Sun. Jan 17th, 2021

The Blue & Gray Press

The University of Mary Washington Student Newspaper

Dunn’s case reminiscent of the same old stereotypes alive and well

3 min read
On November 23, 2012 Jordan Davis was shot and killed. The reasoning given behind his brutal murder is that he and his friends were playing rap music too loudly, that he seemed threatening and an attack was imminent.


On November 23, 2012 Jordan Davis was shot and killed. The reasoning given behind his brutal murder is that he and his friends were playing rap music too loudly, that he seemed threatening and an attack was imminent.

It does not take a person of extraordinary intelligence to understand the real reason why Davis was killed, and it is about time someone discusses it openly. Davis was shot because Michael Dunn, a middle aged white man, was afraid of him and his friends based on the stereotypes associated with his race.

Dunn claims it was self-defense that made him shoot at Davis’ SUV nine times, and he never intended for anyone to be killed.

“My intent was to stop the attack, not necessarily end a life,” he testified. “It just worked out that way,” said Dunn according to CNN reporter Ed Payne.

Dunn shot at a car full of teens only a few feet away and claims he did not intend to kill anyone. With violence all over the news and in the media, it is hard for one to believe that a man of Dunn’s age in possession of a gun did not factor in the possibility of death.

Furthermore, the attack of which he spoke seems never to have occurred. Based on Dunn’s and eyewitness testimony, said CNN, Dunn asked the teens to turn down their music and they got mouthy. He then chose to fire his weapon.

He later claimed that he thought he saw Davis holding a gun through the window, yet when police searched the car all they found was “a basketball, basketball shoes, clothing, a camera tripod and cups inside the teenagers’ Durango. There was no gun in the vehicle,” said Payne in the CNN report.

Earlier this week, Dunn was put on trial for the charges of attempted second-degree murder against the three surviving teens and first-degree murder for the killing of 17-year-old Jordan Davis. He was found guilty of the three counts of second-degree murder. For Davis’ life, the jury was hung.

It was almost 50 years ago that the public was first introduced, through Harper Lee’s “To Kill a Mockingbird,” to Atticus Finch’s plea to the jury to do what they know is right, what is as clear as black and white.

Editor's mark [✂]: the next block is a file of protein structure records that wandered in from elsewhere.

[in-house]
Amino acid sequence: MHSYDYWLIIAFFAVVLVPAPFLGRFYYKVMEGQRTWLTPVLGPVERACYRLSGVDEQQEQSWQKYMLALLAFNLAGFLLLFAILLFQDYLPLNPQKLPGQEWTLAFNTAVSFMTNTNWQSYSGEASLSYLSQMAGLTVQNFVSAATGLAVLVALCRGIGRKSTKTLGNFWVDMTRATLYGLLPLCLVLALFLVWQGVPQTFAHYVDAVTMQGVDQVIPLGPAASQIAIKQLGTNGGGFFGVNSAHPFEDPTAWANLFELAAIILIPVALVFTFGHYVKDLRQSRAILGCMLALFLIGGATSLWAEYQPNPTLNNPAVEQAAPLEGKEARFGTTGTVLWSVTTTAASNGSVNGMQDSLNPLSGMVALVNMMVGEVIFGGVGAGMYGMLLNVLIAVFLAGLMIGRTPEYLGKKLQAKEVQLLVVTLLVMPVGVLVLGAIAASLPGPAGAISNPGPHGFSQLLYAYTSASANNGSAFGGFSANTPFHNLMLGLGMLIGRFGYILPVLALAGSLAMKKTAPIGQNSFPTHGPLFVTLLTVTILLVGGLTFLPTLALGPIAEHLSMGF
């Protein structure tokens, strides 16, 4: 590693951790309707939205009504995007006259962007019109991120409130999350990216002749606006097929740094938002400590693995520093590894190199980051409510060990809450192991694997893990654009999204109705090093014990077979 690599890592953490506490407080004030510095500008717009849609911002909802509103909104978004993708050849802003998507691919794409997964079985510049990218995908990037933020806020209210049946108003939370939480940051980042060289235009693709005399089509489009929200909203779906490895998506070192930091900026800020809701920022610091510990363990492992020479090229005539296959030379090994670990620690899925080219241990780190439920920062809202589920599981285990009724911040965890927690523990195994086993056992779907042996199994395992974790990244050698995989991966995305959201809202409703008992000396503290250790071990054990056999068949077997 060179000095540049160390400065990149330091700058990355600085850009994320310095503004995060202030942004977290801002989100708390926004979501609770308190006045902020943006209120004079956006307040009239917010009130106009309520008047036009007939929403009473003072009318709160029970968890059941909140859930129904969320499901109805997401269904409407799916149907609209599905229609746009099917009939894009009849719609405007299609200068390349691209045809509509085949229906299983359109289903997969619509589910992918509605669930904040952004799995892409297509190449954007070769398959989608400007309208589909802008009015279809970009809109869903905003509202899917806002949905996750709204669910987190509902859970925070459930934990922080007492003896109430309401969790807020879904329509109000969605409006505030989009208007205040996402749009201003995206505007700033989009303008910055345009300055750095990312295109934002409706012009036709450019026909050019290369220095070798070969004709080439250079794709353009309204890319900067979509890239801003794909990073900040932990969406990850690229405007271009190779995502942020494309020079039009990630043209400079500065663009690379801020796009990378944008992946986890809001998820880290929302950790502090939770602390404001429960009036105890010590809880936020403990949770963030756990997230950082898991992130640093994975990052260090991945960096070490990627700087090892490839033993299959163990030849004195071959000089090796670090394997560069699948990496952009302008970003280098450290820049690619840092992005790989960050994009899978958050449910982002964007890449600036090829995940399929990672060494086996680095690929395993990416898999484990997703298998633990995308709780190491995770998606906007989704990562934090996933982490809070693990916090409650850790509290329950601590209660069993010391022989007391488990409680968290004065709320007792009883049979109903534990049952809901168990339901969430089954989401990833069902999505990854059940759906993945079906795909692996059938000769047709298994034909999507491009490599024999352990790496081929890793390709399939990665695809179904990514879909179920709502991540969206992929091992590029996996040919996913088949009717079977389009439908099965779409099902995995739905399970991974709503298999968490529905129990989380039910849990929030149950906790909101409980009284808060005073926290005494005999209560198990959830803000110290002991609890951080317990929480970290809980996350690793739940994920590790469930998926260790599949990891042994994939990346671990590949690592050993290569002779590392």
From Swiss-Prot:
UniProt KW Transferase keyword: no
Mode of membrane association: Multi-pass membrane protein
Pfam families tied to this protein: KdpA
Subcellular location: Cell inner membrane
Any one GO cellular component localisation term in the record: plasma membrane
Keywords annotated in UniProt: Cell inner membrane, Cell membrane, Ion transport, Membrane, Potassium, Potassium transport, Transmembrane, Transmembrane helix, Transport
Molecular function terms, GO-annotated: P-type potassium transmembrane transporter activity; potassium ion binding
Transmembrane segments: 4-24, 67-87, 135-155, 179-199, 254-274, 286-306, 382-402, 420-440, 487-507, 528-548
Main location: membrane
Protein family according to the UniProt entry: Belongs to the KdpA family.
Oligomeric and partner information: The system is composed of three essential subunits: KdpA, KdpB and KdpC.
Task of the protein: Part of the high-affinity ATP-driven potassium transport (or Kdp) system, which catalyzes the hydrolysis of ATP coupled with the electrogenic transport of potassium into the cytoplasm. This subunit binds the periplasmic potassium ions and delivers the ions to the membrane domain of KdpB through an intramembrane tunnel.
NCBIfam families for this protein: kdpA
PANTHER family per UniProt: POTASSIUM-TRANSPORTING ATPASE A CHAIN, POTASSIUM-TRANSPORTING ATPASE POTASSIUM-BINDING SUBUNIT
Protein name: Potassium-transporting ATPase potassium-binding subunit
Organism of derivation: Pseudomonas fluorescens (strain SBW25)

Dunn killed Davis, a young boy who will never again listen to music with his friends at a gas station while buying gum and cigarettes. What exactly is threatening to an adult white male about a few young boys in a public gas station listening to music? Sadly, the only explanation left, and it is the same explanation that plagued the nation earlier this year when Trayvon Martin’s death was in the spotlight, is that Dunn felt threatened because Davis was African American.

To let Dunn go unpunished for the murder he committed, and for the reasons he committed it, sends the message yet again to young African American boys that their death will mean nothing in the eyes of the law if someone deems them “threatening.” Threatening, according to Florida law, includes hoodies and loud music.

It would be surprising and beyond ignorant if people believe these were the reasons for the murders committed by Dunn and George Zimmerman, Martin’s killer.

Even though both men will face difficult and trying lives as a result of these trials, there is a larger problem then not having them serve their fair sentence, and that is that the country of the free and equal continues to see race in the courts.

Start talking about it, stop ignoring it and then maybe this country can start to reform.

Teenagers should not be afraid that an adult will shoot at them for simply being themselves.

As citizens of this country and fellow members of the human race, it is time to let it be known that what occurred stemmed from racism, what continues to be decided on these cases is because of racism and similar cases will go the same way as a result of racism unless people speak out and change the backward mindset that is plaguing the justice system.


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